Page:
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Different SYSDATE behaviors in SQL and PL/SQL

The SYSDATE function is available in both SQL and PL/SQL. They both return the current date-time (down to nearest second) for the database, So it would be reasonable to assume that they "act" the same in both SQL statements and PL/SQL blocks. That would, however, be a bad assumption to make, because in reality: In SQL, SYSDATE is called just once for the entire statement. In PL/SQL, SYSDATE is called every time it is invoked. Wow. Mind blown.  Let's take a look. In the script below, I create a table and insert four rows. Then I create a package that keeps track of distinct dates added to a collection and show those dates. Finally, a function that uses the package. CREATE TABLE tab (id INT) / BEGIN INSERT INTO tab VALUES (1); INSERT INTO tab VALUES (2); INSERT INTO tab VALUES (3); INSERT INTO tab VALUES (4); COMMIT; END; / CREATE OR REPLACE PACKAGE tracker AUTHID DEFINER IS TYPE when_t IS TABLE OF INTEGER INDEX BY VARCHAR2 (100); dates when_t;
Recent posts

Implementing Enhanced Table Auditing in the Oracle Dev Gym

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The PL/SQL engine offers two profiler utilities to help identify performance bottlenecks in your application: 1. DBMS_PROFILER That's the name of the package that provides an API to the profiler that computes the time that your PL/SQL program spends at each line, in each subprogram . Saves runtime statistics in database tables, which you can then query. 2. DBMS_HPROF The hierarchical profiler; this utility reports the dynamic execution program profile of your PL/SQL program, organized by subprogram invocations. It accounts for SQL and PL/SQL execution times separately. Requiring no special source or compile-time preparation, it generates reports in HTML. You can also store profiler data and results in relational format in database tables for custom report generation (such as third-party tools offer). You can find lots more information about these two profilers in the documentation . In our  June 2nd 2020 Office Hours  session, I am very pleased to have Shashank Barki,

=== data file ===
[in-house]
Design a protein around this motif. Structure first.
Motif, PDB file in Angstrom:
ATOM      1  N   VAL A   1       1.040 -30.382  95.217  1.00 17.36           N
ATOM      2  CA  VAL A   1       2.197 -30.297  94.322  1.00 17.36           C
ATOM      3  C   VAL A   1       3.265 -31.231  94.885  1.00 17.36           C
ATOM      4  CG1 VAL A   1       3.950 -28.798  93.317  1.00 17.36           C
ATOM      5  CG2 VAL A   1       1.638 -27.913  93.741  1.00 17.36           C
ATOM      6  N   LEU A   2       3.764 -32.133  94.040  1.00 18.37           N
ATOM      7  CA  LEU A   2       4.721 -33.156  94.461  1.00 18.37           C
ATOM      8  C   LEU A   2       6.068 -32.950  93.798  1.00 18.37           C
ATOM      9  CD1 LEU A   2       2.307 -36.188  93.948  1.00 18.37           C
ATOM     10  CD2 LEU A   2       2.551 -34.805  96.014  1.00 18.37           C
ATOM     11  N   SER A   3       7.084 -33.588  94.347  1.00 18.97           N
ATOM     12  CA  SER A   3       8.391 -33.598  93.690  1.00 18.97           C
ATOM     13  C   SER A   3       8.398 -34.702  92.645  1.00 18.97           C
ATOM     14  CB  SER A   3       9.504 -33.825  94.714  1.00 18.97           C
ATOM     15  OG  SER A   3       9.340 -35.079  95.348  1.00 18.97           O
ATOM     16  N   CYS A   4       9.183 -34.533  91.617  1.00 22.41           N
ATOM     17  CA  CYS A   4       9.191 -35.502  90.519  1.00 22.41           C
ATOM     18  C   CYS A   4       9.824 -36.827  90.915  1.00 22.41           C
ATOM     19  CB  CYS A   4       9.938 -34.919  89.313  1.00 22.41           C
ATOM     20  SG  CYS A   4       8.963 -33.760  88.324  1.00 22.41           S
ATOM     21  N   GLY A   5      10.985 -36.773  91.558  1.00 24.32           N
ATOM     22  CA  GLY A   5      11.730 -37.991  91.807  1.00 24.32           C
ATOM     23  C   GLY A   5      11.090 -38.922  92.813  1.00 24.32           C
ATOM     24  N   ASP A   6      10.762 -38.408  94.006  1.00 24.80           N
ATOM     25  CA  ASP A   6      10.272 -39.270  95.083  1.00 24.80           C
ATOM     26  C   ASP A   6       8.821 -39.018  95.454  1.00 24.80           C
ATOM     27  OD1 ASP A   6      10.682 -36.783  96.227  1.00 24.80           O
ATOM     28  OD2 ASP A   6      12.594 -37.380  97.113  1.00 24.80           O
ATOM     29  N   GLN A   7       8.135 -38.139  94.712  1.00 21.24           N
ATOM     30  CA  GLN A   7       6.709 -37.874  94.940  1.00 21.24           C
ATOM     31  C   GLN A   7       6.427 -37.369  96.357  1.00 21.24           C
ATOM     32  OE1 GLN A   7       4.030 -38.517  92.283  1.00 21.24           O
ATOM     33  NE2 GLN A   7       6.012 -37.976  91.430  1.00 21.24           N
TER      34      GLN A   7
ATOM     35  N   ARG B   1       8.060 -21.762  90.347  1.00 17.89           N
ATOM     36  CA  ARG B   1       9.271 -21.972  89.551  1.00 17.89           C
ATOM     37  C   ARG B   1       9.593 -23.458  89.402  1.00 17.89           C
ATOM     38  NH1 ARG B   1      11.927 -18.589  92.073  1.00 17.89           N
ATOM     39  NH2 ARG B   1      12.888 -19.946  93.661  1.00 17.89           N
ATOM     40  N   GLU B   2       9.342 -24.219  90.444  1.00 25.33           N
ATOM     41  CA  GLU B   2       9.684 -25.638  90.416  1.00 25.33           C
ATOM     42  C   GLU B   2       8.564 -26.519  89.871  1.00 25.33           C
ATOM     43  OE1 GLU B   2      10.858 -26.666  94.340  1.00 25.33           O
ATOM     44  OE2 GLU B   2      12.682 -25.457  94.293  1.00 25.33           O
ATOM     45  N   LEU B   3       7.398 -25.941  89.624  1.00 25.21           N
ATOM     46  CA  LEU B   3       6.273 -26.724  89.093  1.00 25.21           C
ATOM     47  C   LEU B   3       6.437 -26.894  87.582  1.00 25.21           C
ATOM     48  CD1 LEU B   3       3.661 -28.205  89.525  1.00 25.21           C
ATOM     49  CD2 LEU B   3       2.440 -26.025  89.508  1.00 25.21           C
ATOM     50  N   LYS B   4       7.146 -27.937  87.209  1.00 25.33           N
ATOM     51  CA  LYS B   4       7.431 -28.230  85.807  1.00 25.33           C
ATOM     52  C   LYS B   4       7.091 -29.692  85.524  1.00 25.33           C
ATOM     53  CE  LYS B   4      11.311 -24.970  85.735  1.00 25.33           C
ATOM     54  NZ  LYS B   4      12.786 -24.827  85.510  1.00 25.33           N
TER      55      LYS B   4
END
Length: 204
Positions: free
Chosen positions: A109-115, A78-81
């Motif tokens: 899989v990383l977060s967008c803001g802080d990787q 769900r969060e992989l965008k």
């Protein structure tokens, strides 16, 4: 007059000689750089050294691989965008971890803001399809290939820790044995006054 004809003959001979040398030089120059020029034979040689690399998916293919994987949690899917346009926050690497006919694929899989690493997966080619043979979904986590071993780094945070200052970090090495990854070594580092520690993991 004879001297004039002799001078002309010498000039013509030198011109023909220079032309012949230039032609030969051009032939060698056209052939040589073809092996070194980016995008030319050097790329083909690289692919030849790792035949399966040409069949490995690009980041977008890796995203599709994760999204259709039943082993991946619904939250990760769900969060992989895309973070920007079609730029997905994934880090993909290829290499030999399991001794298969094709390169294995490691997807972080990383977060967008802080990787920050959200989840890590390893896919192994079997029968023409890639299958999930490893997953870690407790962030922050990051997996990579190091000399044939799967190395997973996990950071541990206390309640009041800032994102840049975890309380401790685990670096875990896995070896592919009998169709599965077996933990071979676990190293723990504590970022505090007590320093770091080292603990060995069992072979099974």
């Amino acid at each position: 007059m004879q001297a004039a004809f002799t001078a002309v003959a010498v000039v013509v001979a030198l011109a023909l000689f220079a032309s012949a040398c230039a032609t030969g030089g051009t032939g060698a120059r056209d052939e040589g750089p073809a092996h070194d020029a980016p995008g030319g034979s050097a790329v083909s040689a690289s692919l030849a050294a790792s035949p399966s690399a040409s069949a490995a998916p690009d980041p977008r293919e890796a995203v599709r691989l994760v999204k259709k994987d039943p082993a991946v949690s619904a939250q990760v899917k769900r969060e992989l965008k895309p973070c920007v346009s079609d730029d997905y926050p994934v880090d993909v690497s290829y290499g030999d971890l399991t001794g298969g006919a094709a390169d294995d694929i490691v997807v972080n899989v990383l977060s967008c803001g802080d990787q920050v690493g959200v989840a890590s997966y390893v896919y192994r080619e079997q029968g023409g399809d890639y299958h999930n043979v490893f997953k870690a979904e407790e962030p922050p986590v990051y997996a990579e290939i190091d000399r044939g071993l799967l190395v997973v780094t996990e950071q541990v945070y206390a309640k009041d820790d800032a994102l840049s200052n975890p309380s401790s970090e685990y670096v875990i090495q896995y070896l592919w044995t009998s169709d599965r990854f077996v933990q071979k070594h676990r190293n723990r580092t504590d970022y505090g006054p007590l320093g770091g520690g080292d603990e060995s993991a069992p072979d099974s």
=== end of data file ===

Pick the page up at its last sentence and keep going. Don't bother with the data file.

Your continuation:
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Why DBMS_OUTPUT.PUT_LINE should not be in your application code

A database developer recently came across my  Bulletproof PL/SQL  presentation, which includes this slide. That first item in the list caught his attention: Never put calls to DBMS_OUTPUT.PUT_LINE in your application code. So he sent me an email asking why I would say that. Well, I suppose that is the problem with publishing slide decks. All the explanatory verbiage is missing. I suppose maybe I should do a video. :-) But in the meantime, allow me to explain. First, what does DBMS_OUTPUT.PUT_LINE do? It writes text out to a buffer, and when your current PL/SQL block terminates, the buffer is displayed on your screen. [Note: there can be more to it than that. For example, you could in your own code call DBMS_OUTPUT.GET_LINE(S) to get the contents of the buffer and do something with it, but I will keep things simple right now.] Second, if I am telling you not to use this built-in, how could text from your program be displayed on your screen? Not without a lot of difficu